Into earnings, delivery numbers and a sustained path to profitability are key. Recent delivery numbers show that, for now, Musk still seems to be able to convince investors, and drivers, to believe in the car he is selling. Tesla, which has a $46 billion market cap, earlier this month cut the price of the Model 3, but it also reported a record number of quarterly deliveries leading its stock to surge more than 10% and convincing even skeptics like Barclays to revise loss estimates ahead of Tesla’s earnings after the close on Wednesday.
Closely held SpaceX has been steadily raising funding for a rocket to one day transport people to Mars and an internet satellite network and is now valued at $33.3 billion, CNBC recently reported.
A grown-up in the room
It is often said in tech that innovators mature or bring in grown-ups at some point. Google’s founders hired Eric Schmidt; Facebook has Sheryl Sandberg. Steve Jobs was pushed out of Apple after building the first Mac, but came back years later, still caustic at times, but having matured to lead the company into its greater second act.
Tesla’s appointment of existing board member Robyn Denholm to the position of company chair was not viewed as being a complete concession by Musk to bringing in an independent voice to complement his. But Musk, for all his flaws, may prove that growing up according to the instructions of some MBA program checklist is not always the best advice.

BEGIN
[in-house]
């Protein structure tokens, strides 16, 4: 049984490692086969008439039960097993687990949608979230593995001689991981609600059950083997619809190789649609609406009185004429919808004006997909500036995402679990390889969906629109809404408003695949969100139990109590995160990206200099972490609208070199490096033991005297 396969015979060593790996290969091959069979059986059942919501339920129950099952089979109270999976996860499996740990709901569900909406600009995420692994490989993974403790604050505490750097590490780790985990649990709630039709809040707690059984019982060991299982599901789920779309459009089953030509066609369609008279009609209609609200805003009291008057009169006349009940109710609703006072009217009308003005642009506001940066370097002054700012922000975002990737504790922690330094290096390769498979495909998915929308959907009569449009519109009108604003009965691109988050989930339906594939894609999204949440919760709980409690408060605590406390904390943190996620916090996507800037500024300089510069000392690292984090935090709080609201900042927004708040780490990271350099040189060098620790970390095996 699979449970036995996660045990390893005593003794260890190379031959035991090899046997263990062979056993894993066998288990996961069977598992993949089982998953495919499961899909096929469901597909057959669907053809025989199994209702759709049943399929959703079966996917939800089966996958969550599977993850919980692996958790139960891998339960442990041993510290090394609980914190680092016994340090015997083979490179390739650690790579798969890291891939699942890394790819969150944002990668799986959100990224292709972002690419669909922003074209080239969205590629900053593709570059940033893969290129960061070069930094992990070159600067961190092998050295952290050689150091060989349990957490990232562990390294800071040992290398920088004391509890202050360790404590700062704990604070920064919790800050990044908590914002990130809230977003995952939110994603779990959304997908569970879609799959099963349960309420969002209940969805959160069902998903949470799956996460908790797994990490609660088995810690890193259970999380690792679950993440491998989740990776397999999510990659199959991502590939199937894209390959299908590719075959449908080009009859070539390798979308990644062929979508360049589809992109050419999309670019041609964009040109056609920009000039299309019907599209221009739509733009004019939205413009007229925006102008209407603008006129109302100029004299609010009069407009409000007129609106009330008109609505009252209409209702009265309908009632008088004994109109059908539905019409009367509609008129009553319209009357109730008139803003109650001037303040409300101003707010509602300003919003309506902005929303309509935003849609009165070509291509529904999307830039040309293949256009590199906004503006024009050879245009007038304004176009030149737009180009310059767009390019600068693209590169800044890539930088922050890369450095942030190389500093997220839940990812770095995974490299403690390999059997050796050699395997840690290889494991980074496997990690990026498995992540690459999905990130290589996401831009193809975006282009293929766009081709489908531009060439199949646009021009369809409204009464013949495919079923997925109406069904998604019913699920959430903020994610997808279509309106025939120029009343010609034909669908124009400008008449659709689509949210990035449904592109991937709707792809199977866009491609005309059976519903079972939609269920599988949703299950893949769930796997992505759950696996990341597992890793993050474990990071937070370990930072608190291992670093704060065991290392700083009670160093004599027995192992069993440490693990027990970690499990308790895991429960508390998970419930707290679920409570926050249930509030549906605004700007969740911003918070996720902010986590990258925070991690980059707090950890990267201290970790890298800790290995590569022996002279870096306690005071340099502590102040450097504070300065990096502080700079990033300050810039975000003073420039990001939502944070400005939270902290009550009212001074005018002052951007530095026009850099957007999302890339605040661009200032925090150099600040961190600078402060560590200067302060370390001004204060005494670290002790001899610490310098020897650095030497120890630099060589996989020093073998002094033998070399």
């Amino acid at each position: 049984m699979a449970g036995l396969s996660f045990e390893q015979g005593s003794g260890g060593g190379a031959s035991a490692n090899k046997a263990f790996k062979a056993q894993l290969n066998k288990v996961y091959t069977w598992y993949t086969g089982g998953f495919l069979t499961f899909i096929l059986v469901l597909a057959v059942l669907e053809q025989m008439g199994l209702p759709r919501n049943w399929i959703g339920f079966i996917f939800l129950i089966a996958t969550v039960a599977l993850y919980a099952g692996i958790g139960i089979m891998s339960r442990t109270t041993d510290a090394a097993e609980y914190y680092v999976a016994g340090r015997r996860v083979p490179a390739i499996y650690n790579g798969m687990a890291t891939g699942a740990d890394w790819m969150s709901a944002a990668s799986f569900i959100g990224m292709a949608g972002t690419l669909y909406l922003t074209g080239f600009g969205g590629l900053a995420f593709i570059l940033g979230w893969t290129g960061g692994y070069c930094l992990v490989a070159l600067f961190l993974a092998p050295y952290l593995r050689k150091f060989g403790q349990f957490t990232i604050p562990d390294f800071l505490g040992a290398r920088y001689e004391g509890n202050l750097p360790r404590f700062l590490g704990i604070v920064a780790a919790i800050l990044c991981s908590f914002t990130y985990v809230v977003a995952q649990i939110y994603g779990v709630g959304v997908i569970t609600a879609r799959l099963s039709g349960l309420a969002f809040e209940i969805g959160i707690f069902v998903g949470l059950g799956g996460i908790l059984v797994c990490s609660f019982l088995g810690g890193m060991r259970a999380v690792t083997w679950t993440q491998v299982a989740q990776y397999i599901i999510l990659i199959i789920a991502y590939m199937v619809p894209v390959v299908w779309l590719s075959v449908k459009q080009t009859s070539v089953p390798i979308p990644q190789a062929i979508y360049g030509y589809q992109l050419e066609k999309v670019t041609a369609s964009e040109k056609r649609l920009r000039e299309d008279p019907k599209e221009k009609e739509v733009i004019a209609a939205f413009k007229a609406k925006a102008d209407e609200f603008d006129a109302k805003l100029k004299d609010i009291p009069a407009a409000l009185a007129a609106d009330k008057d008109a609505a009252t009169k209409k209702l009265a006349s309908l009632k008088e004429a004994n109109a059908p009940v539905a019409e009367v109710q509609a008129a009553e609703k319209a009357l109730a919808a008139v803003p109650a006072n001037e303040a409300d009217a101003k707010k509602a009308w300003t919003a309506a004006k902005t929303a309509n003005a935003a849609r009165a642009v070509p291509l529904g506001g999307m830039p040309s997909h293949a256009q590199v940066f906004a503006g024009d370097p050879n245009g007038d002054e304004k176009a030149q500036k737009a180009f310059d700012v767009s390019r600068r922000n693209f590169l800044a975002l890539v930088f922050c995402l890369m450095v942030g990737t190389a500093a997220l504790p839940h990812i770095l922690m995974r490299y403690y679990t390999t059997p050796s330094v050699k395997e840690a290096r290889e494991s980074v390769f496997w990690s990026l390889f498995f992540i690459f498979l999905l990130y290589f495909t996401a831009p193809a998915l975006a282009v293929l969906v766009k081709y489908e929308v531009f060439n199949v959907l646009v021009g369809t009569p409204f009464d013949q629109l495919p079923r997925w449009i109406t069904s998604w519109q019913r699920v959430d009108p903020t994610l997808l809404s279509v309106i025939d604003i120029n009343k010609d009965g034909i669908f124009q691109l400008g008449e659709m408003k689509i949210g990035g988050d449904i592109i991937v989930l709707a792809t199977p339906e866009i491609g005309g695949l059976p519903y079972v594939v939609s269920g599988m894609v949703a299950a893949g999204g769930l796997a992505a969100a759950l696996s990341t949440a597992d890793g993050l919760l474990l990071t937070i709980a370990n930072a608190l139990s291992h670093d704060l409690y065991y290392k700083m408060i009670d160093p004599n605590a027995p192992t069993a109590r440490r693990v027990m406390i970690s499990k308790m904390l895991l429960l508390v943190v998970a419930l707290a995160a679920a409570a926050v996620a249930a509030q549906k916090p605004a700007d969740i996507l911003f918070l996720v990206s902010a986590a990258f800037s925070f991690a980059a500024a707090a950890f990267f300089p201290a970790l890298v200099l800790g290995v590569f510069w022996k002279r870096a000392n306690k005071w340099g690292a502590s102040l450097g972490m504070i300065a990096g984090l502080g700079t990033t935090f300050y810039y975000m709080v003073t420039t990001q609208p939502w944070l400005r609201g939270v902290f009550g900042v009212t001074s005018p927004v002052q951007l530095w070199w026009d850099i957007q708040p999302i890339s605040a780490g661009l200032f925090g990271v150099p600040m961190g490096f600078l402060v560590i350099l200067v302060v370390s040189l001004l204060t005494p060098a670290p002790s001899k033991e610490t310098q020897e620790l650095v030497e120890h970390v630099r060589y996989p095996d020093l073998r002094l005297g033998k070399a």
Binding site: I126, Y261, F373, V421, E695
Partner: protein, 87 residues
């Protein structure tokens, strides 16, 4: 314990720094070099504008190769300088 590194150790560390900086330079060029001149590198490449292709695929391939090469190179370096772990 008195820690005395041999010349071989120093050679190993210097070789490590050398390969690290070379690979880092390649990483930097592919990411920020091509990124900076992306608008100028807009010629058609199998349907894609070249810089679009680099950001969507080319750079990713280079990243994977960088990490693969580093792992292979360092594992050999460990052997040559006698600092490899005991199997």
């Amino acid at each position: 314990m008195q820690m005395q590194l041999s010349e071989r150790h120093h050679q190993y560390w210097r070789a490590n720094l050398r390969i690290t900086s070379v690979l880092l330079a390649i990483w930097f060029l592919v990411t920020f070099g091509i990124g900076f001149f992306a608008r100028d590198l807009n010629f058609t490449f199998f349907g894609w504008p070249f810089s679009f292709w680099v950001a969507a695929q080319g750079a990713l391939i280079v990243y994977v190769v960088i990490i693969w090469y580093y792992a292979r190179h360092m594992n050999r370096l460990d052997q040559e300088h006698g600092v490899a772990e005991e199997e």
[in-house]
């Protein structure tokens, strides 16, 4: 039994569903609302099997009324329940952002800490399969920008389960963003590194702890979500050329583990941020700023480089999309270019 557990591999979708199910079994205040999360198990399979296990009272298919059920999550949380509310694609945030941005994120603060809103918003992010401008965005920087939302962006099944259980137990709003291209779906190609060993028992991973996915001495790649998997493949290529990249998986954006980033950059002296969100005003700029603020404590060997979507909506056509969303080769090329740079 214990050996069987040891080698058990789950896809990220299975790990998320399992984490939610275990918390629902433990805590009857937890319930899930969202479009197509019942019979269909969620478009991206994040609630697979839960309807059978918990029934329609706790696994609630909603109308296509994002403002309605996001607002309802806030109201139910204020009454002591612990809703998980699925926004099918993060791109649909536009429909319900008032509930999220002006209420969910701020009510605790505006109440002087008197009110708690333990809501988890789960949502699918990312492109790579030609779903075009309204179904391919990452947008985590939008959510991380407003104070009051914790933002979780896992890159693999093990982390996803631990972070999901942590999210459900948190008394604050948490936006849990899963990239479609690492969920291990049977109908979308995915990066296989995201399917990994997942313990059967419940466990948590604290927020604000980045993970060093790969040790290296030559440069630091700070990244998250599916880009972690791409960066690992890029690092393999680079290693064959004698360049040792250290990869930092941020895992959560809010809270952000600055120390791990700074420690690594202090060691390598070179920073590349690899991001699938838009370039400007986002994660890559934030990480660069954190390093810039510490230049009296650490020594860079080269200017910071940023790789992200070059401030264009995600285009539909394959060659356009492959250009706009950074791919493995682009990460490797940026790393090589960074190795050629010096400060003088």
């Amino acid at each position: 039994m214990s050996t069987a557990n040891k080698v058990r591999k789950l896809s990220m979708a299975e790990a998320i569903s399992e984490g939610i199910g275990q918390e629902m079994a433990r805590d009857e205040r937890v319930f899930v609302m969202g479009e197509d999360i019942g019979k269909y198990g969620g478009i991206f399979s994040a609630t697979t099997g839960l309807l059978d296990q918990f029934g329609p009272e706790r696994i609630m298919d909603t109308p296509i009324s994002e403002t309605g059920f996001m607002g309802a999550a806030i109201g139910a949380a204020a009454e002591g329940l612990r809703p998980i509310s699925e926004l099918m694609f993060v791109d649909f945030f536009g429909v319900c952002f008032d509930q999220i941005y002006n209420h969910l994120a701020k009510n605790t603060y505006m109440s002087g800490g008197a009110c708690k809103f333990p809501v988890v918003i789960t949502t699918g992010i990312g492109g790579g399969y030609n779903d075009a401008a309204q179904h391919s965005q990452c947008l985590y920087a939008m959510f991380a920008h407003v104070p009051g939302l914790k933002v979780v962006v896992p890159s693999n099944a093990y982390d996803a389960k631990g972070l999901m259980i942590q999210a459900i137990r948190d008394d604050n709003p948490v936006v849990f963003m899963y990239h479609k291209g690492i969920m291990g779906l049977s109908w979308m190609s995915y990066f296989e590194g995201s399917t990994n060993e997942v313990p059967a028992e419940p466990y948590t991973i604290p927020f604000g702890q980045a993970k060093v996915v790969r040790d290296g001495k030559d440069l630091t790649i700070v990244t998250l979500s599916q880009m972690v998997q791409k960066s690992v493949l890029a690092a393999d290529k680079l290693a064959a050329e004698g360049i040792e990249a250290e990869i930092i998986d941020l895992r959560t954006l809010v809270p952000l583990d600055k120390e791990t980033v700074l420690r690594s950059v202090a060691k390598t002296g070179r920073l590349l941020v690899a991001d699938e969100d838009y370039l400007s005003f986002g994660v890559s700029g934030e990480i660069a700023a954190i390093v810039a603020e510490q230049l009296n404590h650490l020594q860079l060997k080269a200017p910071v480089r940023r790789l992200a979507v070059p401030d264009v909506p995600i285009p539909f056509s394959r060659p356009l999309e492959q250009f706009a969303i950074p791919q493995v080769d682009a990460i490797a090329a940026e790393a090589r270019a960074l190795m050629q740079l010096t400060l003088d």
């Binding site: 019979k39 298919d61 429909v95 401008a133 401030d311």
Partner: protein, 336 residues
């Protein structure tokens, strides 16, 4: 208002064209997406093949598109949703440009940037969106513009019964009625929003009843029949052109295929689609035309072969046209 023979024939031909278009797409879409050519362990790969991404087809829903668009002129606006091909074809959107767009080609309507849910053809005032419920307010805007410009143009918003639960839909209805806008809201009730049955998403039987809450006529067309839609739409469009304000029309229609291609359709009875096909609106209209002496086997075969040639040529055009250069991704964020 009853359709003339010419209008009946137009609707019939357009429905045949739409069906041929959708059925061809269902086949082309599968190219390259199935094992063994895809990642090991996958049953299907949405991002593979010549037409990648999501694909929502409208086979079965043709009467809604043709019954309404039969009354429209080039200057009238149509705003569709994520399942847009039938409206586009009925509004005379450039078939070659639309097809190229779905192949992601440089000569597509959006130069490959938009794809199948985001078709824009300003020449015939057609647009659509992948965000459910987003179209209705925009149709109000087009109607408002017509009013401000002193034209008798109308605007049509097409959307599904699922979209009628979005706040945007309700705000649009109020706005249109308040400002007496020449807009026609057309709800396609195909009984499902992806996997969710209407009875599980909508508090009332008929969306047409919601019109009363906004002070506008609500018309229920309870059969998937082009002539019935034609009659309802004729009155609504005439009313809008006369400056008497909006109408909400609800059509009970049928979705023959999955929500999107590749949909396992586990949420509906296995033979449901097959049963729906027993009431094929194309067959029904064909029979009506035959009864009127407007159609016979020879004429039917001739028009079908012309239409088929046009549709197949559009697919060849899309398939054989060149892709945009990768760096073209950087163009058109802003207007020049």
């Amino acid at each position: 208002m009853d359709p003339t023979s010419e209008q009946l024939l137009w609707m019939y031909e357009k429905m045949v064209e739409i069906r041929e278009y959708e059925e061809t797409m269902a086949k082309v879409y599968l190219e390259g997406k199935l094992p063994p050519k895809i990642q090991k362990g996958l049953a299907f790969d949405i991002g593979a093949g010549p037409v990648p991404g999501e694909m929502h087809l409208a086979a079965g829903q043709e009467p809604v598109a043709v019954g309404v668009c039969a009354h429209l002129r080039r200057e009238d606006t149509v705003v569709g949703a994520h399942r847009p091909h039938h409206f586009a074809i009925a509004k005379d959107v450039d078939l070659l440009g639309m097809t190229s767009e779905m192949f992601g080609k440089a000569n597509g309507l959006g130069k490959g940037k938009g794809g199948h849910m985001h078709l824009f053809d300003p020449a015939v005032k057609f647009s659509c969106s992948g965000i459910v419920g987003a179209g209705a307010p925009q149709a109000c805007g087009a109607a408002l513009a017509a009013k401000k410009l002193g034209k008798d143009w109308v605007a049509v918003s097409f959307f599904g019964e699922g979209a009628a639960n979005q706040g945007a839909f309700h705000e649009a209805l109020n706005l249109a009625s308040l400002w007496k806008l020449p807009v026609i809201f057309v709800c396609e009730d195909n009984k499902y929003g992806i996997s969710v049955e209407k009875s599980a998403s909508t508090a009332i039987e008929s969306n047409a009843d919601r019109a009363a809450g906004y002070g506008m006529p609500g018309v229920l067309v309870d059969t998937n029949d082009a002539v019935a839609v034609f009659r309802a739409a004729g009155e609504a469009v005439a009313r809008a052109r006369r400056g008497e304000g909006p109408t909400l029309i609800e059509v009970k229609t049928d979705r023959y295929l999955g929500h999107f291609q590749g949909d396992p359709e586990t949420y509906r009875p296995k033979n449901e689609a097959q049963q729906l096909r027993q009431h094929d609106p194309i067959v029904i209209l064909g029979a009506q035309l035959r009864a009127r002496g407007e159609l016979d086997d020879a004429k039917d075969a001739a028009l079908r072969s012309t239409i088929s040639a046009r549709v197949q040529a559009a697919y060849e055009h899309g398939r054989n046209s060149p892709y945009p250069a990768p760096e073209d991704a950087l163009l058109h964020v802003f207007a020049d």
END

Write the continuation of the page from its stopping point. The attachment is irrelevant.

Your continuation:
Investors, even Tesla’s biggest, do not seem sure what the future will hold.
Tesla’s second-largest shareholder after Musk himself, fund management firm Baillie Gifford, recently told Barron’s it was prepared for a Tesla with Musk no longer in the CEO position. “We wouldn’t be against him having a different role,” said James Anderson, head of global equities for Baillie Gifford. “I don’t think he needs to be CEO.”
Musk could not be reached for comment after several requests to Tesla and SpaceX. But last year in an interview he offered some insight into what drives him: “There need to be things that inspire you, that make you glad to wake up in the morning and be part of humanity.”